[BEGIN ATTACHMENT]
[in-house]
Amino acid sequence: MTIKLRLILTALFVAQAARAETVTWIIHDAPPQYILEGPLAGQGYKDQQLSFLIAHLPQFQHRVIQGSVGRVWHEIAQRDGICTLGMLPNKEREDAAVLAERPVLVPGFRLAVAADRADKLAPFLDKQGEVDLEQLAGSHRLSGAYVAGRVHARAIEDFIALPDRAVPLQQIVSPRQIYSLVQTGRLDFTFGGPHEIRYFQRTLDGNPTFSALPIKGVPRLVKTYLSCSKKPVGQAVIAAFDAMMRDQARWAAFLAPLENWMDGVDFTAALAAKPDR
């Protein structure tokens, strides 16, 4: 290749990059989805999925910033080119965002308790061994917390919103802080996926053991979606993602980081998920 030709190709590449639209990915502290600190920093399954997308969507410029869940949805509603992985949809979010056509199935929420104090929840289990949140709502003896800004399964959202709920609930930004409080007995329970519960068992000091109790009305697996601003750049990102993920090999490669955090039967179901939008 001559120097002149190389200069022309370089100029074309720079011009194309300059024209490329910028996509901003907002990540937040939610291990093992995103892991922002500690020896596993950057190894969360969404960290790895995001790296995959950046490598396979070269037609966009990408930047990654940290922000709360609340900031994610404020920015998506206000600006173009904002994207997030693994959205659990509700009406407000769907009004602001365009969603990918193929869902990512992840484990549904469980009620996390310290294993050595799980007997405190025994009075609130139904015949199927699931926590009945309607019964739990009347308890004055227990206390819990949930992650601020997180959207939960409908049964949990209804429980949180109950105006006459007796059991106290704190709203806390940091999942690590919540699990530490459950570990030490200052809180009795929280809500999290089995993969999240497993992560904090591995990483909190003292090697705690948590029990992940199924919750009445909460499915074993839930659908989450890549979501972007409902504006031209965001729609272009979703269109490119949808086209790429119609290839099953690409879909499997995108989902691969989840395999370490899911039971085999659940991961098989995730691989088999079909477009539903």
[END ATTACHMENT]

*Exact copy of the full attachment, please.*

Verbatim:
[in-house]
Amino acid sequence: MTIKLRLILTALFVAQAARAETVTWIIHDAPPQYILEGPLAGQGYKDQQLSFLIAHLPQFQHRVIQGSVGRVWHEIAQRDGICTLGMLPNKEREDAAVLAERPVLVPGFRLAVAADRADKLAPFLDKQGEVDLEQLAGSHRLSGAYVAGRVHARAIEDFIALPDRAVPLQQIVSPRQIYSLVQTGRLDFTFGGPHEIRYFQRTLDGNPTFSALPIKGVPRLVKTYLSCSKKPVGQAVIAAFDAMMRDQARWAAFLAPLENWMDGVDFTAALAAKPDR
């Protein structure tokens, strides 16, 4: 290749990059989805999925910033080119965002308790061994917390919103802080996926053991979606993602980081998920 030709190709590449639209990915502290600190920093399954997308969507410029869940949805509603992985949809979010056509199935929420104090929840289990949140709502003896800004399964959202709920609930930004409080007995329970519960068992000091109790009305697996601003750049990102993920090999490669955090039967179901939008 001559120097002149190389200069022309370089100029074309720079011009194309300059024209490329910028996509901003907002990540937040939610291990093992995103892991922002500690020896596993950057190894969360969404960290790895995001790296995959950046490598396979070269037609966009990408930047990654940290922000709360609340900031994610404020920015998506206000600006173009904002994207997030693994959205659990509700009406407000769907009004602001365009969603990918193929869902990512992840484990549904469980009620996390310290294993050595799980007997405190025994009075609130139904015949199927699931926590009945309607019964739990009347308890004055227990206390819990949930992650601020997180959207939960409908049964949990209804429980949180109950105006006459007796059991106290704190709203806390940091999942690590919540699990530490459950570990030490200052809180009795929280809500999290089995993969999240497993992560904090591995990483909190003292090697705690948590029990992940199924919750009445909460499915074993839930659908989450890549979501972007409902504006031209965001729609272009979703269109490119949808086209790429119609290839099953690409879909499997995108989902691969989840395999370490899911039971085999659940991961098989995730691989088999079909477009539903």